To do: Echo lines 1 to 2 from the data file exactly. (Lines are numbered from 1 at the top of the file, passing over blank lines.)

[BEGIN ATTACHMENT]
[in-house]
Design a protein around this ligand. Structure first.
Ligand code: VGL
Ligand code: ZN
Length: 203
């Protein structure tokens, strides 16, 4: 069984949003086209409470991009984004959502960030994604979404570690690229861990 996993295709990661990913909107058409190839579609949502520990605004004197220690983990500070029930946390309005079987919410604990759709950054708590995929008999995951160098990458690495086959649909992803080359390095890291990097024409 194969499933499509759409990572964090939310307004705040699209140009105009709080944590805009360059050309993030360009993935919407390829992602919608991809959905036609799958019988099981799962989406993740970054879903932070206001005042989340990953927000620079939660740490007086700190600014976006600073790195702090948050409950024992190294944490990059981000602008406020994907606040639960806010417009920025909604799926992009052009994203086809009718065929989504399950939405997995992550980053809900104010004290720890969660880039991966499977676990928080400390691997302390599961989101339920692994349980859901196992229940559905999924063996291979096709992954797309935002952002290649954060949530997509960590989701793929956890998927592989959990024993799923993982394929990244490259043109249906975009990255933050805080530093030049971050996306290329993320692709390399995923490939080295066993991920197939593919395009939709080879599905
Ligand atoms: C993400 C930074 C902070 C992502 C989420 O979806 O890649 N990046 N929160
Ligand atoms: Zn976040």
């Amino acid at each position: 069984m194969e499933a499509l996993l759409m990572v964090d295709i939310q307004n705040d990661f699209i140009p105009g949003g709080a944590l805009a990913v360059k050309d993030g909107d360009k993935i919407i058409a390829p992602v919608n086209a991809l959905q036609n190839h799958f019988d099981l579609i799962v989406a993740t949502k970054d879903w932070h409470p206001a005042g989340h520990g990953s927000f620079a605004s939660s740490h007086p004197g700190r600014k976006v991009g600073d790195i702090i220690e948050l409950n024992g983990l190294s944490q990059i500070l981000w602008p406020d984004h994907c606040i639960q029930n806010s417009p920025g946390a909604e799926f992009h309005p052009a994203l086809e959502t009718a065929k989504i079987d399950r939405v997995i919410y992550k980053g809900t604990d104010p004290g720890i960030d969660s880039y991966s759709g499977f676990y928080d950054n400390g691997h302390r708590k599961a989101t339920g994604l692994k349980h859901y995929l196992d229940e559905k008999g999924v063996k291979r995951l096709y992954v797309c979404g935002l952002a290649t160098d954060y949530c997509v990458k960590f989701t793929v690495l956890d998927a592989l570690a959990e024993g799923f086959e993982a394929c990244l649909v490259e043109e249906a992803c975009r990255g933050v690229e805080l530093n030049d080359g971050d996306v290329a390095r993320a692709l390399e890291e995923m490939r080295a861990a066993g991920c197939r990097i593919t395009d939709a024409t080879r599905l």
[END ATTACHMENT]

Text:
[in-house]
Design a protein around this ligand. Structure first.